Harbour Lakes makes for the perfect Puerto Rico vacation spot. When preparing for your perfect island retreat, here are a few things you should know to make your trip run smoothly.
No Visa. No Passport
If you’re a U.S. citizen, traveling here is uncomplicated, making your perfect trip to Puerto Rico hassle free. There’s no customs, no delay; it’s like traveling from one state to another. Carry your usual ID — a driver’s license (or passport/birth certificate) — even though you probably won’t have to encounter any special checkpoints for it. Visitors from other countries, except those participating in the Visa Waiver Program, will need a valid passport. Foreigners will need the same visas required for visiting the United States.
Puerto Rico is served by an extensive local and federally funded system of roads, highways, freeways, ports, harbors and railways. Cars dominate this world, and one can only be grateful for the PR2 and PR3 freeways that run almost the entire circumference of the island, bringing you easily to its beaches and coastal wonders. Taxis are plentiful in cities. (See our tipping guide below.) The Tren Urbano is the city metro, while local taxis are gathered and dispatched from stands in each town. For “historic train tourism,” narrow gauge train aficionados can look forward to the planned restoration of the old sugar plantation train, the “Tren del Sur.” Uber service is also available and widely used.
120V/60hz. Standard American outlets work just fine; no need for a converter.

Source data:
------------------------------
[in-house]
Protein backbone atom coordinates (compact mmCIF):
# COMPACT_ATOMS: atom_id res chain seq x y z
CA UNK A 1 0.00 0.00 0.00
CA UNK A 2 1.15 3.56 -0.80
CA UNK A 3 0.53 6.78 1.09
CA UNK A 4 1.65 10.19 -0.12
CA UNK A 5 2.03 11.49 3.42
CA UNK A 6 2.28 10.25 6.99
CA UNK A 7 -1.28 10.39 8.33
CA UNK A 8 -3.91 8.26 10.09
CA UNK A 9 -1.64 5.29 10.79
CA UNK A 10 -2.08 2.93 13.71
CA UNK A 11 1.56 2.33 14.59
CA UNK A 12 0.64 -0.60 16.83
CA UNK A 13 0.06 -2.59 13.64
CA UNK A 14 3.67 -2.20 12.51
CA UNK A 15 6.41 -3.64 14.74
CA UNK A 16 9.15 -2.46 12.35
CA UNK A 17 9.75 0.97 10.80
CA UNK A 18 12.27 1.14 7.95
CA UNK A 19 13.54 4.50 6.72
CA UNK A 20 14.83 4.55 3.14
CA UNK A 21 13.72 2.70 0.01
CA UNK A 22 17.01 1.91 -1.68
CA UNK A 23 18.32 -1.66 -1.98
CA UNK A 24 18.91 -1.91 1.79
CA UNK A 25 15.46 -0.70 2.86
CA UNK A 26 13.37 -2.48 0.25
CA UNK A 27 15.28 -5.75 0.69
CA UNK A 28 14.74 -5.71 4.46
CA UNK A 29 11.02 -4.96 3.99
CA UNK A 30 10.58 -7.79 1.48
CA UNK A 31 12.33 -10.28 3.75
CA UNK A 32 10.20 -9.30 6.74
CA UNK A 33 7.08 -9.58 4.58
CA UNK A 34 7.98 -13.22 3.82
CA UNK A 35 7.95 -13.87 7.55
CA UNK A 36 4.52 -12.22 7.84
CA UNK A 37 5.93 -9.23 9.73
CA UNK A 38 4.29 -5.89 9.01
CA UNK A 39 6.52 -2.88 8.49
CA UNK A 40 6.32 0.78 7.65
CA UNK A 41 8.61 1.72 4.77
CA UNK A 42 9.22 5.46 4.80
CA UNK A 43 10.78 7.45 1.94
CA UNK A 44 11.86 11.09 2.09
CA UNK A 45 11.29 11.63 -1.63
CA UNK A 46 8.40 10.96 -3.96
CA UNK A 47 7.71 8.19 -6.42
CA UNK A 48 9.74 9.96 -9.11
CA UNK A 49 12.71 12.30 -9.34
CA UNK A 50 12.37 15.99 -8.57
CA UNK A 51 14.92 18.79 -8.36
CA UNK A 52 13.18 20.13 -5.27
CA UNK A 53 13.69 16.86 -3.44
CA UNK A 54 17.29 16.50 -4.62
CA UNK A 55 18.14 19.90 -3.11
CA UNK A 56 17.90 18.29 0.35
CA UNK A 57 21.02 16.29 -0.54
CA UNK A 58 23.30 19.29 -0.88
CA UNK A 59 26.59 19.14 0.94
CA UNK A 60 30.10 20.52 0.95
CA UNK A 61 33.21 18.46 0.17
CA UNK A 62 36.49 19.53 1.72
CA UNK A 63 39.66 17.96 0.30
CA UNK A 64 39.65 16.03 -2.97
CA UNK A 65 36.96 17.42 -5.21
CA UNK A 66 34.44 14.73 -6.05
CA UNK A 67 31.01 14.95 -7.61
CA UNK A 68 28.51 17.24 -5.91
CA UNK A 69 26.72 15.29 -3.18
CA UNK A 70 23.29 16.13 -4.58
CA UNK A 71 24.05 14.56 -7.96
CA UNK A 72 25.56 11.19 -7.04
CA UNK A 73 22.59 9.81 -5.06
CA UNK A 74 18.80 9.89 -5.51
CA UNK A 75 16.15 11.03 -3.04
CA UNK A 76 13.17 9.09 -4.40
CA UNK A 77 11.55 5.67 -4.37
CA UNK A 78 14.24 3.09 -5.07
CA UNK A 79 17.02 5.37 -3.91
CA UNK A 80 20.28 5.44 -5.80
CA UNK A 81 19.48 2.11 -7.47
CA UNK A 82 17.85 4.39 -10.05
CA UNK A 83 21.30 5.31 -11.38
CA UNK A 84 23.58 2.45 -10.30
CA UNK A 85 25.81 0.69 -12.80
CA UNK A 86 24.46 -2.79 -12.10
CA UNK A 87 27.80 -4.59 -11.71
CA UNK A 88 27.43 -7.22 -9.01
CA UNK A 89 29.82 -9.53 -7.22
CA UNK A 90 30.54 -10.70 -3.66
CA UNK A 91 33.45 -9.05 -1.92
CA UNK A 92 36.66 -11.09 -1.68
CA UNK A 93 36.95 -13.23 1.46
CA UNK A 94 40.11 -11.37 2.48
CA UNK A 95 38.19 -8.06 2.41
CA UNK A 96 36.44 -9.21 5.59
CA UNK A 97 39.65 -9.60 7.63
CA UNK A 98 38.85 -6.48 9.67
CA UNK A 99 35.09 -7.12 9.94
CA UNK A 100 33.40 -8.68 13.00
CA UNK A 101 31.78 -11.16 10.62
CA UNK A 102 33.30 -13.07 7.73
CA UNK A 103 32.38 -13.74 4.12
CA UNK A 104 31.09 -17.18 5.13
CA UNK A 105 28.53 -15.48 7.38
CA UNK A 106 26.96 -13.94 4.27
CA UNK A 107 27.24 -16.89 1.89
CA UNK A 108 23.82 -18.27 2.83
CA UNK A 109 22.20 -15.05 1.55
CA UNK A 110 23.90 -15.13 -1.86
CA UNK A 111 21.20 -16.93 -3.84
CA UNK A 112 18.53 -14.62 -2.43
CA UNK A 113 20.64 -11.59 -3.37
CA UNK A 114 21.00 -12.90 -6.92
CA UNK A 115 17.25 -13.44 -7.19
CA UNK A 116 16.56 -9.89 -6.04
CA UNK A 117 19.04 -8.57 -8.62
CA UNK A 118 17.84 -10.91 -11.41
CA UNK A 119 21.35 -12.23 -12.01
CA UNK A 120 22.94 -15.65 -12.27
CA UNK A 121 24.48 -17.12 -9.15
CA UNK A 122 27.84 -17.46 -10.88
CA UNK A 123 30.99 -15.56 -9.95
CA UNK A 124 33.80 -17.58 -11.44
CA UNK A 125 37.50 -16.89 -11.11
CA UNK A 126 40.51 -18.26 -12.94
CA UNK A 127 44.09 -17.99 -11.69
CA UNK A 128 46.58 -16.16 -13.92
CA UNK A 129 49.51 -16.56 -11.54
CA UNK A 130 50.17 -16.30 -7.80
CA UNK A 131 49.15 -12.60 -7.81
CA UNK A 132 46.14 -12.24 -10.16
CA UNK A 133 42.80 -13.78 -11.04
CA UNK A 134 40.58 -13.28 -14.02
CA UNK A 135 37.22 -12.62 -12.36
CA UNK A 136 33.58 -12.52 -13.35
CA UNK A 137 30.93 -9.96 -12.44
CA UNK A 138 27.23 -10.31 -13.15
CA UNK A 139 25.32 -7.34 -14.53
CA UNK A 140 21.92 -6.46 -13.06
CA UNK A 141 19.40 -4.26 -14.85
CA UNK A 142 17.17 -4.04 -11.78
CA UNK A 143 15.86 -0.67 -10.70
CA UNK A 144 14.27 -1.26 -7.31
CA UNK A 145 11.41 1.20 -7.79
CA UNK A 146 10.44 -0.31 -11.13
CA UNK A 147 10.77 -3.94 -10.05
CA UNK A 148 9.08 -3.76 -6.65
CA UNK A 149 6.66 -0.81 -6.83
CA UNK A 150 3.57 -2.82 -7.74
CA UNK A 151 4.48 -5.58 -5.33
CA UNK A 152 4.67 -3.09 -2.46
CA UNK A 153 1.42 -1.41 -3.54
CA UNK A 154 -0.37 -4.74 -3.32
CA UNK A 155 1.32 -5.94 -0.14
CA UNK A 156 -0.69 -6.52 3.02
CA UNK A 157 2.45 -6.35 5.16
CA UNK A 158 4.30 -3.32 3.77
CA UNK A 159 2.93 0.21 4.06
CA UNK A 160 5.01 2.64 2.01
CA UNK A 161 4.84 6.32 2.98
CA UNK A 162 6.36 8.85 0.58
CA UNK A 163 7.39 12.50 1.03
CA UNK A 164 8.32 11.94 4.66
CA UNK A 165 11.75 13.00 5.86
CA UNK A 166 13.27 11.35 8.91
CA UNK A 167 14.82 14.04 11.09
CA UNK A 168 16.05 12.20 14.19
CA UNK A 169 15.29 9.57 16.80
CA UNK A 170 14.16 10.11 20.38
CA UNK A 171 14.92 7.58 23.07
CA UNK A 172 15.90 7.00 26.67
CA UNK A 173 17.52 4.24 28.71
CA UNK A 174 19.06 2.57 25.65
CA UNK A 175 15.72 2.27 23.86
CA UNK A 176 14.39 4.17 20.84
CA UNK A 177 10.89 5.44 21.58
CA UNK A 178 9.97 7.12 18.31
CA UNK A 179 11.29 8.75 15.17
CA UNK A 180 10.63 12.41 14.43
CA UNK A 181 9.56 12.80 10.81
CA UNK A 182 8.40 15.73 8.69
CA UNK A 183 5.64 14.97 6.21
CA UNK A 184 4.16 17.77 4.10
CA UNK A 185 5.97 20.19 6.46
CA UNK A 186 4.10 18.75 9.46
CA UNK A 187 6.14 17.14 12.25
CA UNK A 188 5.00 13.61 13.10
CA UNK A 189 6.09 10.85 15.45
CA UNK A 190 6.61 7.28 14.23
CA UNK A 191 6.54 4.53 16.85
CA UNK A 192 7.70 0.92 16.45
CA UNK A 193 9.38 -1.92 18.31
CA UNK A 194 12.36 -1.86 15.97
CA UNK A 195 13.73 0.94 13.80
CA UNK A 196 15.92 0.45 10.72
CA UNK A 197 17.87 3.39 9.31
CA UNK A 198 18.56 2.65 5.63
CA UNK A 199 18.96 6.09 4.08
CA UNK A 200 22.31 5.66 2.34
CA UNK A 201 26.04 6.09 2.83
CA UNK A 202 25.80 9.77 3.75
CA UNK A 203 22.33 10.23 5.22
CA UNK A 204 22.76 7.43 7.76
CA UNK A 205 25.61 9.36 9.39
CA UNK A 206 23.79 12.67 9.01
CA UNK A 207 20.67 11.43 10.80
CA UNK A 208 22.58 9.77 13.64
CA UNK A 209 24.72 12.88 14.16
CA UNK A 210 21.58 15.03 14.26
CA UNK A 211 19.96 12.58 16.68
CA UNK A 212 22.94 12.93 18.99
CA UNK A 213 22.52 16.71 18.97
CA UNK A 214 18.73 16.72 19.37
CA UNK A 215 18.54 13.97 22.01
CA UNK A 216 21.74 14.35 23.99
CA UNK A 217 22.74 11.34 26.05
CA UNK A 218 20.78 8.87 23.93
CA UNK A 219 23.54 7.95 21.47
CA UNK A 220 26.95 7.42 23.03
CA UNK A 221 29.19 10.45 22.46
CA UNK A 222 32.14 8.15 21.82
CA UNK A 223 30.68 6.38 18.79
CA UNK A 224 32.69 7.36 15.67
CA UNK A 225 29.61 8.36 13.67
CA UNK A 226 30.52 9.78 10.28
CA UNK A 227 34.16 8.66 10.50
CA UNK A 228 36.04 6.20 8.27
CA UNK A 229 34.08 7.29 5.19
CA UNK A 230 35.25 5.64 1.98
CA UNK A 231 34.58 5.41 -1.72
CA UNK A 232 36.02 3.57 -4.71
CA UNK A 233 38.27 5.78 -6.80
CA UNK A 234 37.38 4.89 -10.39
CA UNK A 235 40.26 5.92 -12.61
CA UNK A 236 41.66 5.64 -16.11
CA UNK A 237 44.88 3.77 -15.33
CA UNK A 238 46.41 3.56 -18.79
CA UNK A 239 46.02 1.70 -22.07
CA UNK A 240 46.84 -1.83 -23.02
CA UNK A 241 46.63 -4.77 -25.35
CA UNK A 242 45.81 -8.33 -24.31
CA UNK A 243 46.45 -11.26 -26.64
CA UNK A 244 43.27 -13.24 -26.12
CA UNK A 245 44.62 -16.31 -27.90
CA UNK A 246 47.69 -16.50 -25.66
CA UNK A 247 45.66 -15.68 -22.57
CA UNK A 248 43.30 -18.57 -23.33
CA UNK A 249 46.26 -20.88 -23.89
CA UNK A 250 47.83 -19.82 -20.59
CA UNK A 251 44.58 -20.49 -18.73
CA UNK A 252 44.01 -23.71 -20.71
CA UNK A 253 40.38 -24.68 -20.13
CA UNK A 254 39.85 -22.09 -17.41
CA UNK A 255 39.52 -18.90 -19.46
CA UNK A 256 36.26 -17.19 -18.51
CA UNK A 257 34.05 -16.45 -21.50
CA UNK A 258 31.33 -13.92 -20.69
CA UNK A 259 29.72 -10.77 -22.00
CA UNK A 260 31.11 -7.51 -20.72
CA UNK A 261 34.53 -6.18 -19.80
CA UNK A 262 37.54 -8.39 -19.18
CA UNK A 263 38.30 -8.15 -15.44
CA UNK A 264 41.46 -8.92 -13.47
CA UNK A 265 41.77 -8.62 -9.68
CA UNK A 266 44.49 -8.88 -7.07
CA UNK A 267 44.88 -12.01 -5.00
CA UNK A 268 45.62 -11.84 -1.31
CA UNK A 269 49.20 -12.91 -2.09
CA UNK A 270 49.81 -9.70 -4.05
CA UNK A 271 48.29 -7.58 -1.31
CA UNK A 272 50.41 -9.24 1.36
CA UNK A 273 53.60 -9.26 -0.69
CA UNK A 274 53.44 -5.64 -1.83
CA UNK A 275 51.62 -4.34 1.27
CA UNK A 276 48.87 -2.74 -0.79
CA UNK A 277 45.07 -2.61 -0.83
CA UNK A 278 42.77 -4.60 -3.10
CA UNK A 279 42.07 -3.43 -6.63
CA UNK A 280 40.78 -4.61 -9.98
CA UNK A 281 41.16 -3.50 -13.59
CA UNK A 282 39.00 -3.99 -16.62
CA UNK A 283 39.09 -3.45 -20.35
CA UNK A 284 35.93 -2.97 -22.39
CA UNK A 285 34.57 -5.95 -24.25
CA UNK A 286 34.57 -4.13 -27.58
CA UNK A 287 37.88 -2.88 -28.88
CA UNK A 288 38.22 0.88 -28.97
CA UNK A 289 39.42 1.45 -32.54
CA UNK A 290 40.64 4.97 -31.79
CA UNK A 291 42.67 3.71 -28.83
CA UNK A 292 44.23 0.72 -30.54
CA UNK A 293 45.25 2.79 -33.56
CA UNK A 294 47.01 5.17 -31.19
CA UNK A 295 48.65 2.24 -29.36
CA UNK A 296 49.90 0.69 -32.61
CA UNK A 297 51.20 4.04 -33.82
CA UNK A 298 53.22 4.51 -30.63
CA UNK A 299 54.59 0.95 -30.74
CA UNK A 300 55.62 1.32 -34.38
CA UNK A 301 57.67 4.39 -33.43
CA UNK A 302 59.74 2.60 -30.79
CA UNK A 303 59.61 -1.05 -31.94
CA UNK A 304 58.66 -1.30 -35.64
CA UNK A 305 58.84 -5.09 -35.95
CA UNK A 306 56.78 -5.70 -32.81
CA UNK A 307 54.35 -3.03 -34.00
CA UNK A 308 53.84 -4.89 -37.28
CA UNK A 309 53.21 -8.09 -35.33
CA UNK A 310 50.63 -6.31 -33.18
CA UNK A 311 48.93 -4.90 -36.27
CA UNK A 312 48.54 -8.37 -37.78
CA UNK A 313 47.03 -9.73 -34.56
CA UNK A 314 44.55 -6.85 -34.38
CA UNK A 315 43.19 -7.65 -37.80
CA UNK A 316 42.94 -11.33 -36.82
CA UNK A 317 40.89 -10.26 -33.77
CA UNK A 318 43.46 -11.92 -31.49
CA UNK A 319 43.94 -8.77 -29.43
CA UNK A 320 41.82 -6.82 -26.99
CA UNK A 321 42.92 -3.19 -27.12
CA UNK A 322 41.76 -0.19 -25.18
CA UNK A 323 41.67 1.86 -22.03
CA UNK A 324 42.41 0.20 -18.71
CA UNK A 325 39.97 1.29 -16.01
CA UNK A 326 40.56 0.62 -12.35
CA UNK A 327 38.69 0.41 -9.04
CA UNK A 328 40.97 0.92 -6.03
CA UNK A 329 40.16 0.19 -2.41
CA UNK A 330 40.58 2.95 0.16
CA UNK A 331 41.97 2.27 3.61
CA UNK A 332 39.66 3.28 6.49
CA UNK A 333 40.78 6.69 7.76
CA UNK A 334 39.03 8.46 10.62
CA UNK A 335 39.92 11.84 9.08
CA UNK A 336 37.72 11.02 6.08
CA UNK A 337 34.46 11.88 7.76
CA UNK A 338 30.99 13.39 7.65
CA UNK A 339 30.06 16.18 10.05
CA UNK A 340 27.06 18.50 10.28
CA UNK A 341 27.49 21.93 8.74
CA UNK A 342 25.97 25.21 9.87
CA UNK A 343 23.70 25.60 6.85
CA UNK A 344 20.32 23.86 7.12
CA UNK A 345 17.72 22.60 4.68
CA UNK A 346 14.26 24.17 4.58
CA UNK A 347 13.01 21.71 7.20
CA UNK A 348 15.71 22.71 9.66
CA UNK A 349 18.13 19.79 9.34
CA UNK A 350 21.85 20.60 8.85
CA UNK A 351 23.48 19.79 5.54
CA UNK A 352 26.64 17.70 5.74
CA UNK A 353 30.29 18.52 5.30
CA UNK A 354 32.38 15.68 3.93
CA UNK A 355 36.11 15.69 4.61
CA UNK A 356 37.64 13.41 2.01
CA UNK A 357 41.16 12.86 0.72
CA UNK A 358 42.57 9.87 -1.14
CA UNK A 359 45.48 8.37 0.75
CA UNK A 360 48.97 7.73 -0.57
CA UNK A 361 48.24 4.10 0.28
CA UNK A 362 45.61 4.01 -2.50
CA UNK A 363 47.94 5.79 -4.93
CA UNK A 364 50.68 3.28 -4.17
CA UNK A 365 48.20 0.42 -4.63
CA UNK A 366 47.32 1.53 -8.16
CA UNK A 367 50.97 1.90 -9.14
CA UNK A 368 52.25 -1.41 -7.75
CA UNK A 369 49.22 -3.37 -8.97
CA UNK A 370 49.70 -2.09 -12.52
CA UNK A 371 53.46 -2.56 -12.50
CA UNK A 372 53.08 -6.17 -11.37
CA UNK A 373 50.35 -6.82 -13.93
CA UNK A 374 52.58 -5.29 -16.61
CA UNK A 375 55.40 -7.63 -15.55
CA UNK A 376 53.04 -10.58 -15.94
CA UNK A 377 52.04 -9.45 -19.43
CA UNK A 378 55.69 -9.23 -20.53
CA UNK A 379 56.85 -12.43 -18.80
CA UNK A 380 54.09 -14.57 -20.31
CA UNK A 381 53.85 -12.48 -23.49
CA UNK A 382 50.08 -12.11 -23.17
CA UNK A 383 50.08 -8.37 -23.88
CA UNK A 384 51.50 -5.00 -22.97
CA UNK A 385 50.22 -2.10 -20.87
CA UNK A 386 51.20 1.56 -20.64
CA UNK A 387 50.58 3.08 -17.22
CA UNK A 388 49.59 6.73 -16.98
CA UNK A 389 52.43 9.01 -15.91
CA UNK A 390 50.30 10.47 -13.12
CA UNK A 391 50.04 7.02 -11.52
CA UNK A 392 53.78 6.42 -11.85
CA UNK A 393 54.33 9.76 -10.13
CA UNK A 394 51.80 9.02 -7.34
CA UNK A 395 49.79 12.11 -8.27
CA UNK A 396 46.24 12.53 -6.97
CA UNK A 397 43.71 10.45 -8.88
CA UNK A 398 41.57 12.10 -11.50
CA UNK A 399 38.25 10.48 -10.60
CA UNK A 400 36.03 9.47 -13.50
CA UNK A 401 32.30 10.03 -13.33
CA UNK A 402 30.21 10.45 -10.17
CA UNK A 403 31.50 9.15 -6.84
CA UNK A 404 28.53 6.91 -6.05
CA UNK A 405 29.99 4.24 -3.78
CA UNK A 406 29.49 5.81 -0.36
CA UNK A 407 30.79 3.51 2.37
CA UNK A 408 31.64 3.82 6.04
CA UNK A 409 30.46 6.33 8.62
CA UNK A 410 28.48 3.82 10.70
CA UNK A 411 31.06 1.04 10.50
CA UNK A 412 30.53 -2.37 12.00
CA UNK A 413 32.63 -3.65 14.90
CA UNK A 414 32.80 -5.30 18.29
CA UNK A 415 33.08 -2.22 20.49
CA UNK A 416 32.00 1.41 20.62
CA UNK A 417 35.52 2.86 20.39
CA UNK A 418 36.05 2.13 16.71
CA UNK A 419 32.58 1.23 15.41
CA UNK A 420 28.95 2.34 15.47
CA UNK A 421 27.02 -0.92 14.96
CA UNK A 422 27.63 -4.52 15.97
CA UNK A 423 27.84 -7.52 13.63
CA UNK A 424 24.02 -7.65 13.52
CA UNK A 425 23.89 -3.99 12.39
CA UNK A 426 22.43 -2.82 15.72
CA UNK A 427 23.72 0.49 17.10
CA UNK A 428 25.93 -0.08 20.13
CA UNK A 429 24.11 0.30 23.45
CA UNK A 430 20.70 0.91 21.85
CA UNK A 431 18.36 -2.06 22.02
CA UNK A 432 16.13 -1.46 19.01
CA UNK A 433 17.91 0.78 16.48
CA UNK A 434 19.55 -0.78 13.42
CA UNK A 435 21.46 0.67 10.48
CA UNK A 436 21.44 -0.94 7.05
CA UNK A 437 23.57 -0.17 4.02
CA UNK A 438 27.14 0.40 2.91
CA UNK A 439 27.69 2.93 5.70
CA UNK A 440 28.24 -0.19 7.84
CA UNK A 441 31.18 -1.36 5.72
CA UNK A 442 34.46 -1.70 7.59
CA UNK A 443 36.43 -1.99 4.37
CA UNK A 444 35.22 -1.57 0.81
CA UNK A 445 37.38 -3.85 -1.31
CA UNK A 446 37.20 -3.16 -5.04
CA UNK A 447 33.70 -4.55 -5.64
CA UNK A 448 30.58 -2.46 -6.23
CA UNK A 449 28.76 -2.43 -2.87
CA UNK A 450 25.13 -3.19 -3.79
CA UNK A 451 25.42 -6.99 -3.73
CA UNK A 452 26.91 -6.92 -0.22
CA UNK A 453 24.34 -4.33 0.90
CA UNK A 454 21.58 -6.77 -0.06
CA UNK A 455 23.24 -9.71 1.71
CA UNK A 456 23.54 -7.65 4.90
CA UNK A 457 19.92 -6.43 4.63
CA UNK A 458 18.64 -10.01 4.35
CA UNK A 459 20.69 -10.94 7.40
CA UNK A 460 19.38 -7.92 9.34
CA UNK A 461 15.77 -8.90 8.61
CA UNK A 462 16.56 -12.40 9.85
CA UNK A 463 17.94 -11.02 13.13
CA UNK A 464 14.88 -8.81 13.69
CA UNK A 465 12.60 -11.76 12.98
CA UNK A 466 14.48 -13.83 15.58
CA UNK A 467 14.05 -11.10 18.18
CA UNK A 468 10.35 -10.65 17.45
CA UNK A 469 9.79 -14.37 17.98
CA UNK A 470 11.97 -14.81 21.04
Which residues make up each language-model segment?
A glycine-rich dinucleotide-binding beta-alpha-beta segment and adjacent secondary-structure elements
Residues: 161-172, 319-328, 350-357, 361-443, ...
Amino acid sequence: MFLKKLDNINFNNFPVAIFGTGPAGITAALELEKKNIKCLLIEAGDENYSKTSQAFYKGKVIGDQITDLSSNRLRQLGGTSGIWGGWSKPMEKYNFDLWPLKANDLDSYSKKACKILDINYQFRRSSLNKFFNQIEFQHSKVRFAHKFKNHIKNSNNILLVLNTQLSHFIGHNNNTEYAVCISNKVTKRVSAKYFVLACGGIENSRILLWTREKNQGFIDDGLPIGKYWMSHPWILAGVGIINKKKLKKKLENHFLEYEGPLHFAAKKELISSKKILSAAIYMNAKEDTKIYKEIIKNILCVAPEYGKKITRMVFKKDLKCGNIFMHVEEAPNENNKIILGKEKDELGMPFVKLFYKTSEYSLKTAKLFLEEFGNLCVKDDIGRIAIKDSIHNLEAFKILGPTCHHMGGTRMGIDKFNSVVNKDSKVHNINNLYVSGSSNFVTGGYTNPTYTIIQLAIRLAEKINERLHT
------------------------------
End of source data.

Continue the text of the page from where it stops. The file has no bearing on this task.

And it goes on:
ATMs Dispense U.S. Currency
They’re easy to find everywhere, except truly off-the-beaten-path locations. The U.S. dollar is the currency. Beyond that, you can use your credit and debit cards in a variety of locations: restaurants, shops, and all but the most “casual” food trucks and market stalls.
Phone and Internet Access
Cell phone and Internet service in Puerto Rico has seen consistent improvement over the past few years. The Puerto Rico Bridge Initiative will put Puerto Rico ISPs on an equal playing field with their counterparts in the mainland through a fiber-optic bridge linking Puerto Rico to Florida. Cell phone service and coverage is ultimately the same here as it is in the U.S.
The Best Time to Go
Puerto Rico is a tropical island, with an average year-round temperature of 80oF / 27oC. But rather than think of it in terms of temperature, which doesn’t vary much, it’s better to consider the dry and rainy seasons. The dry season runs roughly from mid-December to mid-April and with it comes higher hotel rates (but definitely worth it to escape the North American winter!) Planning far in advance can give you a rate card advantage. It’s easier to find discounts in the equally pleasant shoulder seasons when the crush of tourists abates.
What to Pack
Simply put: pack for the lush Caribbean weather, with sunglasses, flip flops, sandals and perhaps an extra bathing suit, since the beaches are plentiful and you may want to visit more than one a day. Make sure you’re well supplied with a water-resistant sunscreen and DEET, a bug spray used to ward off mosquitoes that show up in early evening. Puerto Ricans dress to go out in the evening; “casual chic” should do the trick — nice but cool. And of course, colorful.
It’s much as it is on the U.S. mainland. Here’s what the Lonely Planet* guide suggests:
Bars — $1 per drink.
Buffets — Tip staff 10% to 20% if they are serving you your drinks.
Luggage Attendants — $1 to $2 per bag for anyone who helps with your luggage, whether it’s a skycap, shuttle driver, bellhop, etc.
Pool/Beach Attendants — $1 to $2 for each service rendered.
Restaurants — 15% to 20% of the bill.
Taxis — 15% of the fare.
Be sure to check for service charges included in your bill at touristy restaurants, even for groups smaller than six. If possible, tip servers with cash, even when paying by credit card.
These guides will help you make your tropical vacation dreams come true with no hassle or worry. Plan your Puerto Rican vacation today, and enjoy the luxury Caribbean lifestyle you deserve.